As I continued to work diligently on my portfolio and received constructive criticism during more conferences, I was no longer devastated by each rejection and less shy about presenting my work. Then, at a recent conference, a change in my thinking was more important than a big break. Heidi Stemple and Jane Yolen pointed out that writing for children is about the three Ps (Passion, Perseverance, and Patience). I did a quick self-assessment. I already had the passion and the perseverance. For the sheer love of what I do, I had already written and illustrated several dummy books, created a seasonal three-panel cartoon, and completed other art-related projects. Working without getting a contract or seeing a major publisher’s logo on my project left me psychologically bruised. It’s the third P (Patience) that I work on daily. It’s difficult to be patient and wait for an acceptance letter to a conference, a positive review of my portfolio, or an email with a contract.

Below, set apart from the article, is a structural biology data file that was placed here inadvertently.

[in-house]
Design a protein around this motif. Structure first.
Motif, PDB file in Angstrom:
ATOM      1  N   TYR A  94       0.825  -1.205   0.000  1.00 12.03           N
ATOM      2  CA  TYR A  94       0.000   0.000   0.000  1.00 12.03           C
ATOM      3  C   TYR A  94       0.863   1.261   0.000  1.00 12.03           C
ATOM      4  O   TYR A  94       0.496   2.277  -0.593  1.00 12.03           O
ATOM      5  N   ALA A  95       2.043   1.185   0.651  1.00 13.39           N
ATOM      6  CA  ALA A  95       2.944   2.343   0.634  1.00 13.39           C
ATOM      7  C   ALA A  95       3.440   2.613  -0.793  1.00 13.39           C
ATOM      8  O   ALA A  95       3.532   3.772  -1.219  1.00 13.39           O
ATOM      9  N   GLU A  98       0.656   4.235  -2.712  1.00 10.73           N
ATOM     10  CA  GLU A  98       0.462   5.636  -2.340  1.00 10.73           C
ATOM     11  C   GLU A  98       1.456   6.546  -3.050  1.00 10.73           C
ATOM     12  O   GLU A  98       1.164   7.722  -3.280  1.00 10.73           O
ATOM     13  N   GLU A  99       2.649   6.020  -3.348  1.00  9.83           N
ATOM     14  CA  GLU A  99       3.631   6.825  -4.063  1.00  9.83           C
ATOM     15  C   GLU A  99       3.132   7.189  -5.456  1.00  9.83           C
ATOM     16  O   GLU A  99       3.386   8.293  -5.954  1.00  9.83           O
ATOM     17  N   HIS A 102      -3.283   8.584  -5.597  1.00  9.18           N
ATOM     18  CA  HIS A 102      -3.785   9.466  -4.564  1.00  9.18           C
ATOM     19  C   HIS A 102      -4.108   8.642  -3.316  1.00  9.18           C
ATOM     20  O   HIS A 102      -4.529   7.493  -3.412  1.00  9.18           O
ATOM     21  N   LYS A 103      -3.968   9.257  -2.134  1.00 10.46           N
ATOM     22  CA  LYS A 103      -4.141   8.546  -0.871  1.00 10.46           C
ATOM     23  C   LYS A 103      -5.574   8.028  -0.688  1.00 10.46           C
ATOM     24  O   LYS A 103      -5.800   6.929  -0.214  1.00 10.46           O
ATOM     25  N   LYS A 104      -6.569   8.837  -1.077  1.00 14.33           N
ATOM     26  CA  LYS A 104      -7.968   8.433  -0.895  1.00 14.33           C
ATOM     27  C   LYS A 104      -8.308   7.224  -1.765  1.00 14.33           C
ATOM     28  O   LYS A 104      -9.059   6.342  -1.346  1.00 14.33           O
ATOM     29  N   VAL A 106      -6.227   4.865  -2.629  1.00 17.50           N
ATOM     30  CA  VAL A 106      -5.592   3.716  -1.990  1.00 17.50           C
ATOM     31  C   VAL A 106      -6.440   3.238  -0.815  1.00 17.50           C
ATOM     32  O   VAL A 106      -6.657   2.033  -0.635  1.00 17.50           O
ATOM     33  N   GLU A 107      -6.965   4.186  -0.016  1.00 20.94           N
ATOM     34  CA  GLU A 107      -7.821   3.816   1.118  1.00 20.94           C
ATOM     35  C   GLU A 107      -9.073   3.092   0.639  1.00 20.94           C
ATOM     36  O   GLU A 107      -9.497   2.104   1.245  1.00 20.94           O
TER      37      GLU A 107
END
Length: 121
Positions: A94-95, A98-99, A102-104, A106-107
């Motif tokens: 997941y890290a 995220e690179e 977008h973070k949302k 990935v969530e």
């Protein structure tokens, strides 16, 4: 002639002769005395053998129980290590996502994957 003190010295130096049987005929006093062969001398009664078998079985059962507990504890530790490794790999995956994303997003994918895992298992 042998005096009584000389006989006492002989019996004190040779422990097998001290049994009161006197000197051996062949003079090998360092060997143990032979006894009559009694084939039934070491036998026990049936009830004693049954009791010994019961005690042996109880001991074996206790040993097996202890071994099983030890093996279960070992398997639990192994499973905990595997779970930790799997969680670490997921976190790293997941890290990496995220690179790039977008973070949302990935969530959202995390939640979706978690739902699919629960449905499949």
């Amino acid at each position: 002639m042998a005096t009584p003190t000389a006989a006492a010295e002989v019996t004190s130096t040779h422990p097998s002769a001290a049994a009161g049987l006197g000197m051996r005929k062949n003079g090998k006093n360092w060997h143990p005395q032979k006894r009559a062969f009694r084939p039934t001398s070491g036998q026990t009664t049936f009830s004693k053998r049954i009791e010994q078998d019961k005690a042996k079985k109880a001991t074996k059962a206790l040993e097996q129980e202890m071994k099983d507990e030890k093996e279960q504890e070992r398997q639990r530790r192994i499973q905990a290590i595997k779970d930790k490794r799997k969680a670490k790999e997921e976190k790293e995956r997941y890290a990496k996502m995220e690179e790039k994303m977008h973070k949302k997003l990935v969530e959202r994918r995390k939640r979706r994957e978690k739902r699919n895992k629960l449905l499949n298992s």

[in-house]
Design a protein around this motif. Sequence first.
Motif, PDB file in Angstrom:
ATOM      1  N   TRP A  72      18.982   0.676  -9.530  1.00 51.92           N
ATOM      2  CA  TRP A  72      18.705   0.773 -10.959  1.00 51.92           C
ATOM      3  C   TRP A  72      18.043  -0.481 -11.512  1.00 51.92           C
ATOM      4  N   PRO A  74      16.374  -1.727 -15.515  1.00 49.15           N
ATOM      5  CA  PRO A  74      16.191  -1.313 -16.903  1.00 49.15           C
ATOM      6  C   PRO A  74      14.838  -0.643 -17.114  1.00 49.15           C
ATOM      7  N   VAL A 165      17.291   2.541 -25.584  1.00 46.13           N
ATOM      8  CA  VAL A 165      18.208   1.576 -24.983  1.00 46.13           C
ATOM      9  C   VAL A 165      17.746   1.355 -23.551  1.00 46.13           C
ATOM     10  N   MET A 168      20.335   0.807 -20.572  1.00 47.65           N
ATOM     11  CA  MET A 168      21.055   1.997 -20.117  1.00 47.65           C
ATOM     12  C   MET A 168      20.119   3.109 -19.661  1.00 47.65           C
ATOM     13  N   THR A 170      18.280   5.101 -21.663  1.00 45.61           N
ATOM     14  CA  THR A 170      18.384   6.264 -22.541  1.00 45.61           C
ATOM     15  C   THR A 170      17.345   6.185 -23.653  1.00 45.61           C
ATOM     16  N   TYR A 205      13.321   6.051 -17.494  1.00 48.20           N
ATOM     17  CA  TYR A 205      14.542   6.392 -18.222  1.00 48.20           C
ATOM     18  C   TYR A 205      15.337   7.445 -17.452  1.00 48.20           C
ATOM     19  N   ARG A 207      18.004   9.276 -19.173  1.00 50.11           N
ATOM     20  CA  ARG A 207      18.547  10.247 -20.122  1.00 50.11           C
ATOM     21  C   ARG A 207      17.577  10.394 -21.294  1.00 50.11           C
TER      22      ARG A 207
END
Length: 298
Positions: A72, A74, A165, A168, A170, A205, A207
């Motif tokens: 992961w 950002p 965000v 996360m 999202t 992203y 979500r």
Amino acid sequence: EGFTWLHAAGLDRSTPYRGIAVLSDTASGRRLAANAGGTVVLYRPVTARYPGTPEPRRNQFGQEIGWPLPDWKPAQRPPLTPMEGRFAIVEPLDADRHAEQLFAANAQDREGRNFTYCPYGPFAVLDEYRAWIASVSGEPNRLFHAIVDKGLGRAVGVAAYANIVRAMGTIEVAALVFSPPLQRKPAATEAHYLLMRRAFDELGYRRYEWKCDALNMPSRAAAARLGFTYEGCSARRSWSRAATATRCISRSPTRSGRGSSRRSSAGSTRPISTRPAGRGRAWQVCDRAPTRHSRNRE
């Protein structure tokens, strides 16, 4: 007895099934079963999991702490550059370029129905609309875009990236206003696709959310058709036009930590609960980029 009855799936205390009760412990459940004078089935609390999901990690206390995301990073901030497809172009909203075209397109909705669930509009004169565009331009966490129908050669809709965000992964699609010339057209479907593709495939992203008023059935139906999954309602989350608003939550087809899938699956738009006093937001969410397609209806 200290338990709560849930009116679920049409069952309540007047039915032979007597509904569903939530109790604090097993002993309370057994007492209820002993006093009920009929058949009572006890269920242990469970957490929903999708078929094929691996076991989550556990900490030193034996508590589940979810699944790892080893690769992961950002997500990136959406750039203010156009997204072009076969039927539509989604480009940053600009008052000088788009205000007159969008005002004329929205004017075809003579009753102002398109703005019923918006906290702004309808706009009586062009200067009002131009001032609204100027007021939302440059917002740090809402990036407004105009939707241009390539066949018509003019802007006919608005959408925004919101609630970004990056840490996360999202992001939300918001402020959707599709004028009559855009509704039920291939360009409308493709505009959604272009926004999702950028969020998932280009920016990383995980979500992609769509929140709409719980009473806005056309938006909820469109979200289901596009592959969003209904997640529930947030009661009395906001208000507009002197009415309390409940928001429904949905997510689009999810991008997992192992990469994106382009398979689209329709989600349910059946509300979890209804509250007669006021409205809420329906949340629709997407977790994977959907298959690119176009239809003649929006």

As a child I was a dreamer instead of a doer. What I lacked in my physical abilities I made up for with my strong and powerful imagination; I could picture myself in the Ice Capades and the Nutcracker, but I wasn’t willing or able to put in the work to become a star skater or a prima ballerina. Now as an adult and an illustrator, I am a doer. I volunteer for SCBWI. I work hard every day to improve my skills. I have made numerous contacts and spend hours in my studio constantly improving my portfolio. Despite this, I continue to be a dreamer as well. I constantly say to myself, “If I just attend this conference . . . If I just participate in this Instagram challenge . . . If I just attend this class . . . If I just write this article, I can achieve my goals of becoming a published author- illustrator. I know now that you need to fall on the ice more than once in order to skate for the Ice Capades and practice more than pliés to be the prima ballerina, and similarly, I will continue to do what I love (even if I end up with even more bruises) and to practice patience.

Footnote: Soon after I wrote this article, I received my first contract to write a series of graphic early readers to be published by Blue Bronco Books (Fall 2022).

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Ladybug Magazine May/June 2022